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Toiro

The Art of Clay Pot Cooking

It takes about two weeks for artisans to make a Kamado-san, a fitting beginning for heirloom quality earthenware that can last for decades.
Toiro
The Art of Clay Pot Cooking

It takes about two weeks for artisans to make a Kamado-san, a fitting beginning for heirloom quality earthenware that can last for decades.

A Kamado-san is a Donabe rice cooker that’s meticulously crafted from the clay of Japan’s Iga region. This porous clay is known for its high absorbency and heat retention properties. The heavy clay pots are treated with a special glaze and finished with a double lid, which circulates steam and has the effect of pressure cooking. The result is shiny, fluffy, gently heated rice that cooks evenly without compromising the moisture of the rice, explains Naoko Moore, founder of Toiro.

A native of Tokyo now living in Los Angeles, Naoko is on a mission to introduce Kamado-san to the U.S. and share the Japanese method for superior rice. She’s also introducing a classic-style Donabe, called Hakeme, which is ideal for making soups and stews; braising; or cooking tabletop dishes such as shabu shabu and sukiyaki. The high heat resistance of Iga clay lets you cook with Donabe directly over the flame of a gas cooktop or in the oven.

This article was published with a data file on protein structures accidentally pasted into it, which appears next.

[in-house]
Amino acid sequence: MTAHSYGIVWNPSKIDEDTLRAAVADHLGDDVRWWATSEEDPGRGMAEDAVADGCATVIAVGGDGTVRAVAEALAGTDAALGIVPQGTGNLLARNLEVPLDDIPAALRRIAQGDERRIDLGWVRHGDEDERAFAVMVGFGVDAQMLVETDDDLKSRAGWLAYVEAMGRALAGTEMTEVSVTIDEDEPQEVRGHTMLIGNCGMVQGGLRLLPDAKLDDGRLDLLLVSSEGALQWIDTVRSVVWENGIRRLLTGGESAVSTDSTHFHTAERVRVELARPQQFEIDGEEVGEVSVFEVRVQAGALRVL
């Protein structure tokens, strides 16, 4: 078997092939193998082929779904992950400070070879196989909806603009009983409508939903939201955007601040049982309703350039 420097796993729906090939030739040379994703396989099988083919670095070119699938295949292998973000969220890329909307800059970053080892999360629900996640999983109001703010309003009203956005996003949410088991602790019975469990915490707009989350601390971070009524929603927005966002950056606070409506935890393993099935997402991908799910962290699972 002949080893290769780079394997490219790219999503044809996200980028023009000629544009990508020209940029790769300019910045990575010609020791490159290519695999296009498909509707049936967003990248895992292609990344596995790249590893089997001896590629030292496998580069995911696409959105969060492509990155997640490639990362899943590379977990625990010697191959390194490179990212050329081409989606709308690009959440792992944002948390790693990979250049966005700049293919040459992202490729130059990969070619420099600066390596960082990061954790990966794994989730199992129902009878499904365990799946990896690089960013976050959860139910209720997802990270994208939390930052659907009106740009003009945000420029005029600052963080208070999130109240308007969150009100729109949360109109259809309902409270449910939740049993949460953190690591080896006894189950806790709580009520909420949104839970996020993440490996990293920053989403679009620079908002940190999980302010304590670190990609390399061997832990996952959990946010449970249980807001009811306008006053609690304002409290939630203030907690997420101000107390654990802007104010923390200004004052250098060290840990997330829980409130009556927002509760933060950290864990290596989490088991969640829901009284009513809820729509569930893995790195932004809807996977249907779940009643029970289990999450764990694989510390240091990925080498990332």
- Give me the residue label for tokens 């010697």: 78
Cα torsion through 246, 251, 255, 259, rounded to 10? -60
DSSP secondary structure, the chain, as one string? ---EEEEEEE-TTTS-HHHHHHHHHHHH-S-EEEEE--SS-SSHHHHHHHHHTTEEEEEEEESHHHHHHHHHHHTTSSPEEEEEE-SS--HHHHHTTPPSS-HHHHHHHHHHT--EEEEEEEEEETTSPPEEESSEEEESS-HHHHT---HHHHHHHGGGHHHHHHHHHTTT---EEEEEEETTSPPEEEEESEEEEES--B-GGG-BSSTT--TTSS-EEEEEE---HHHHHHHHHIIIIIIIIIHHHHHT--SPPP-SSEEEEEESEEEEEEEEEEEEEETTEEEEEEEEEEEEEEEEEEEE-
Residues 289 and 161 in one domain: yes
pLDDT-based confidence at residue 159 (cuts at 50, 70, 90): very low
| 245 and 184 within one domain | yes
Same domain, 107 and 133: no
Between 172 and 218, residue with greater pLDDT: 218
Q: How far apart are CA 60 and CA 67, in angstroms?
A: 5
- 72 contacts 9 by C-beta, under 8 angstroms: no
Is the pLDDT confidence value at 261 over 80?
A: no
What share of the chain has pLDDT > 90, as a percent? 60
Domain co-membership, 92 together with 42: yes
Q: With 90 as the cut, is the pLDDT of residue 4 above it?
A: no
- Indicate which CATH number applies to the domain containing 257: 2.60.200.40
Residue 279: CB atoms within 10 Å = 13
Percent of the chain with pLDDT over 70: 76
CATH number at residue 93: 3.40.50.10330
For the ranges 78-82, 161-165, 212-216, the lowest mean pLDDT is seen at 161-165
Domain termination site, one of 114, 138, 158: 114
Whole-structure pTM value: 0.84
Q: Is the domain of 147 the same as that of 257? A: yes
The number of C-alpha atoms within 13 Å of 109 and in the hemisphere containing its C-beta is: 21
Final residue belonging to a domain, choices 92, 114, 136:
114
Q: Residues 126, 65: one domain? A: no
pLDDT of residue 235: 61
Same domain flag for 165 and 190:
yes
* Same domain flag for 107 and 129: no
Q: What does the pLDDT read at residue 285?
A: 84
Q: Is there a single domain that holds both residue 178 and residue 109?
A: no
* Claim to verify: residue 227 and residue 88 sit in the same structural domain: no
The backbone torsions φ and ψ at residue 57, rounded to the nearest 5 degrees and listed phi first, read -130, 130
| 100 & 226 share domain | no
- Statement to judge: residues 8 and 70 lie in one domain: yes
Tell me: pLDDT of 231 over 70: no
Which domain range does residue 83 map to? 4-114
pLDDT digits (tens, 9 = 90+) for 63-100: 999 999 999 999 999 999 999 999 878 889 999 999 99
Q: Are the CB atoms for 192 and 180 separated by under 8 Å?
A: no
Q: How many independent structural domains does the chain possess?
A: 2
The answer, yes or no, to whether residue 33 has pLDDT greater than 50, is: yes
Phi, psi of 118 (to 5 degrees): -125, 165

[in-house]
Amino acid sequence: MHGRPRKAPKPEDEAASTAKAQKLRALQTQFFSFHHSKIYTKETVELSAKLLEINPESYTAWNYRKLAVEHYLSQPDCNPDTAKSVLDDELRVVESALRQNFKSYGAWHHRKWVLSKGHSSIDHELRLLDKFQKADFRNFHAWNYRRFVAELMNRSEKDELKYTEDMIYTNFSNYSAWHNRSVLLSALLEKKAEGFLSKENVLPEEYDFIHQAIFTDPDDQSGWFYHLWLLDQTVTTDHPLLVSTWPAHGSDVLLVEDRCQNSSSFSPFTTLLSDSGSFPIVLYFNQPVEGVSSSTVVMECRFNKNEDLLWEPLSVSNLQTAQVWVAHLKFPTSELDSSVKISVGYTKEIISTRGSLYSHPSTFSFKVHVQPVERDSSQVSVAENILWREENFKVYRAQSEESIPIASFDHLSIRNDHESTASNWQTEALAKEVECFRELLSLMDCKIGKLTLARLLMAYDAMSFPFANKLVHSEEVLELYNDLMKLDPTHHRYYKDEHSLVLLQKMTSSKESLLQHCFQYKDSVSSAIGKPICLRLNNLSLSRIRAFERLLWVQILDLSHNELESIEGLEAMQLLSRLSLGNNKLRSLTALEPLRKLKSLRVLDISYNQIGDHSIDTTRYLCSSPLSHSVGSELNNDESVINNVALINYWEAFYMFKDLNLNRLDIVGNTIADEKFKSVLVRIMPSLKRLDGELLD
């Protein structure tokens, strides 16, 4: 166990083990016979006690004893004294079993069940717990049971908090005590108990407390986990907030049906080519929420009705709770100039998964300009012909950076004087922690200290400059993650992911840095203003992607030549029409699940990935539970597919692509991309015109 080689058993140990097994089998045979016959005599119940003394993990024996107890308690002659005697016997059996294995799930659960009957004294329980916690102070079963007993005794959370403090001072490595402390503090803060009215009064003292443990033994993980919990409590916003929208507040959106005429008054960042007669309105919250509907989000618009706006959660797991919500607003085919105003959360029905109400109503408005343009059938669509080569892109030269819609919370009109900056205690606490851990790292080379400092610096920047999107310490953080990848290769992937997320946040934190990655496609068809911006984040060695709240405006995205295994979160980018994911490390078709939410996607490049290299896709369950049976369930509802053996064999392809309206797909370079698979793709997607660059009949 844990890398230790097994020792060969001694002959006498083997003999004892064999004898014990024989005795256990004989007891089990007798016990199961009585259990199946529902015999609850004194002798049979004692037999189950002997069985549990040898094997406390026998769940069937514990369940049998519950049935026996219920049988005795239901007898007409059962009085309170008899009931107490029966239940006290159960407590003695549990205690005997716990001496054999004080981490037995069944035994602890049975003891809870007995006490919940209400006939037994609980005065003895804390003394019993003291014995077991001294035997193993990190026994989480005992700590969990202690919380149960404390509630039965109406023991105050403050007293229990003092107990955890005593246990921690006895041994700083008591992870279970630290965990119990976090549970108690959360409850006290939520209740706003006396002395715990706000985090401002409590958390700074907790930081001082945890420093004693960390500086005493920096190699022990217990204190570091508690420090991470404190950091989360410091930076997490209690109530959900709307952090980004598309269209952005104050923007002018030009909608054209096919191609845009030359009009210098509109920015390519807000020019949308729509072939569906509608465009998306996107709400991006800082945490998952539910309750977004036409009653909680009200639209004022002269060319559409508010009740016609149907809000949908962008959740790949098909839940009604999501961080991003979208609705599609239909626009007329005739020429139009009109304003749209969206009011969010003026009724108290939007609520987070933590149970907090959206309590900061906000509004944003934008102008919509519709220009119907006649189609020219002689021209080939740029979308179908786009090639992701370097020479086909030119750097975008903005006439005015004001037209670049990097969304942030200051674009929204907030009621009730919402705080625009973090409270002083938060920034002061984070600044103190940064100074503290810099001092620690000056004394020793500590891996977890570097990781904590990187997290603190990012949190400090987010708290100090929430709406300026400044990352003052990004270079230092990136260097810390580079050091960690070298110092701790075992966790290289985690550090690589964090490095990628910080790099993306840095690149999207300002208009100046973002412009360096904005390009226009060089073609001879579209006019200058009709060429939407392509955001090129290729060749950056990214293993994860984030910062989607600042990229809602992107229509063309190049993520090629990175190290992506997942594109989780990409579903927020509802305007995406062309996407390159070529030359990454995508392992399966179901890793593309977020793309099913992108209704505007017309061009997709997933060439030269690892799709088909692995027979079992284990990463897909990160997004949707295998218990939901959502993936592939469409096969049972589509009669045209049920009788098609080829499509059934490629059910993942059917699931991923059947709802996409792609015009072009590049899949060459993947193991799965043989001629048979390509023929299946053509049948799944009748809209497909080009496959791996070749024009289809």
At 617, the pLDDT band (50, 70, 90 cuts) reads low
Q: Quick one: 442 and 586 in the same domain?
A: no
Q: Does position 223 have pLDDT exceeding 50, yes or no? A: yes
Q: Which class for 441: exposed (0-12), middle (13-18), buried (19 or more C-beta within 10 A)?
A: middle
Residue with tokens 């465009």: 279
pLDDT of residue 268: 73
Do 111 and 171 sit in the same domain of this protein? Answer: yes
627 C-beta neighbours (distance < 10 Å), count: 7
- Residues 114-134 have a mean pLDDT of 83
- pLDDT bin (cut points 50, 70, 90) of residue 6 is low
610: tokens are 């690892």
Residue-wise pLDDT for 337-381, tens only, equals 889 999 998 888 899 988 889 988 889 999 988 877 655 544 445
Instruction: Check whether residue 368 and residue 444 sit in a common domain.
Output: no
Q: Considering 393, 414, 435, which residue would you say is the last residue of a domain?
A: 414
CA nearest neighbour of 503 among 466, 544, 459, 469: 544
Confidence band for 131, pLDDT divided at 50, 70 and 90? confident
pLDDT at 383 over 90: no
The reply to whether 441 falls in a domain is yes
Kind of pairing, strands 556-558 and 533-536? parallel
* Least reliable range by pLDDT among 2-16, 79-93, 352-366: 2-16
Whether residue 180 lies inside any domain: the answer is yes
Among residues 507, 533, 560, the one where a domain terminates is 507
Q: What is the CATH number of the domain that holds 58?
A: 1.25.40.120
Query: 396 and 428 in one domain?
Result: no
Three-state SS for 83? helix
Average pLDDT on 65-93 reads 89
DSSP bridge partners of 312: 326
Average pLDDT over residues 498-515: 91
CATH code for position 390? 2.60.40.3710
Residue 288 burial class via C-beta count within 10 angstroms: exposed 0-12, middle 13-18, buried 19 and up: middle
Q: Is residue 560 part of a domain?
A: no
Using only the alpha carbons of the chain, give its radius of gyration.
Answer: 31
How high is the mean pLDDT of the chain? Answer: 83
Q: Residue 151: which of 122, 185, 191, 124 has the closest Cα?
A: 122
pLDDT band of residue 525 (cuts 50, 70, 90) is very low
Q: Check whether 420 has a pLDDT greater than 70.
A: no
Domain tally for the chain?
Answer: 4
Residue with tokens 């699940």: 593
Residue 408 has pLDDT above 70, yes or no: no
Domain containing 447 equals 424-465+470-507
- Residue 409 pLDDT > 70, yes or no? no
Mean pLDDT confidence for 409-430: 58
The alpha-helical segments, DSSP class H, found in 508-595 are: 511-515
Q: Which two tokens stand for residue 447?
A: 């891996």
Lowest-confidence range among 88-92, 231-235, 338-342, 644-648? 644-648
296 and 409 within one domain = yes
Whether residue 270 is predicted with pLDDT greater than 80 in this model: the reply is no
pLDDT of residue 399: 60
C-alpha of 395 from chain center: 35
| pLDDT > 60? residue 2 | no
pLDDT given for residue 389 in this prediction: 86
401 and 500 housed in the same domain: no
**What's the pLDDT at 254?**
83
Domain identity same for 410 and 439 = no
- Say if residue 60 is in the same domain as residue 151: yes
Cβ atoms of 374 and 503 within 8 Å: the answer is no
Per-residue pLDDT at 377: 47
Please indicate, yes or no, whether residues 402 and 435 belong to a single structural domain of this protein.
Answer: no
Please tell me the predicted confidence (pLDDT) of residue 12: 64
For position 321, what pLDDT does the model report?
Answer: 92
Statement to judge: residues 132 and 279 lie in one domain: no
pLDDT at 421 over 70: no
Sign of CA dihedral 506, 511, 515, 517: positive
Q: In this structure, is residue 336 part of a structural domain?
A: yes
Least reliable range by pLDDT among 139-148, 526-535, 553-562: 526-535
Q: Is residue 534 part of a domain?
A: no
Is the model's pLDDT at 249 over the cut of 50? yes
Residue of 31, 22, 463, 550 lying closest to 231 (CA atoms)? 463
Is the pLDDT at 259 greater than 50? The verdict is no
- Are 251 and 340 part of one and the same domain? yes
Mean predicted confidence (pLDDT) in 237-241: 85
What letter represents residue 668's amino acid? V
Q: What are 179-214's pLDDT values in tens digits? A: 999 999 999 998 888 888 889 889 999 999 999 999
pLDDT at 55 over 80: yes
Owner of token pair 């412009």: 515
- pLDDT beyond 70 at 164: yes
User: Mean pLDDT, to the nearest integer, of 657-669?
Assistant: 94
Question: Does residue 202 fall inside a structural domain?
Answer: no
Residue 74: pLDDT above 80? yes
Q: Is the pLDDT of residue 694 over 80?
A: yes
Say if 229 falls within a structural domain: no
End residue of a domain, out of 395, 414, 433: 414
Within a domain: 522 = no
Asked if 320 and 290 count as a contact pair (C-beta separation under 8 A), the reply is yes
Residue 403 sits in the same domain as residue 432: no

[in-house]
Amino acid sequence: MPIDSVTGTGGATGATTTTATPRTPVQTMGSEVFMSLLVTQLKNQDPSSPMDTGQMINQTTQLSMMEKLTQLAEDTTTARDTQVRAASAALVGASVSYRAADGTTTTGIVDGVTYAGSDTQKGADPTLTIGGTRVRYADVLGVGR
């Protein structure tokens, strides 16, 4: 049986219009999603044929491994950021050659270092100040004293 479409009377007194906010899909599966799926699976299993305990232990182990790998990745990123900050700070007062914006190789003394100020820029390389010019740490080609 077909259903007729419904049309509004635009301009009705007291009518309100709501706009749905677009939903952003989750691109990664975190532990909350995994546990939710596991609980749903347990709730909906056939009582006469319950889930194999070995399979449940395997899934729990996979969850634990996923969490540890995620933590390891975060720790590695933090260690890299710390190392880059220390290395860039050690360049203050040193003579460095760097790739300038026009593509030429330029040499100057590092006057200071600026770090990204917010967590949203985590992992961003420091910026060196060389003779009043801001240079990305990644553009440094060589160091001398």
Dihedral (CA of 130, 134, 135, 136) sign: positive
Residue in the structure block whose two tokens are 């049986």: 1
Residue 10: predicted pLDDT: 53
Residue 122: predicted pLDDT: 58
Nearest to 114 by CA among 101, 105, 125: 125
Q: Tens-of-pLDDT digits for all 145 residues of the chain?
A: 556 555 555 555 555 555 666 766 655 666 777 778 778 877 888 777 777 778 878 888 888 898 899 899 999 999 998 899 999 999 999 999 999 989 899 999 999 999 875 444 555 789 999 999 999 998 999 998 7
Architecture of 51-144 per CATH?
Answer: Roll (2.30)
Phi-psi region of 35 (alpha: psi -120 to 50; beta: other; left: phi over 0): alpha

The name of Naoko’s company, Toiro, means “ten colors” in Japanese and is often used in the phrase “junin toiro” (“ten people, ten colors”). Loosely translated, it’s similar to the American expression “different strokes for different folks” and reflects Naoko’s goal to have many people enjoy Japan’s traditional Donabe cooking in many different ways.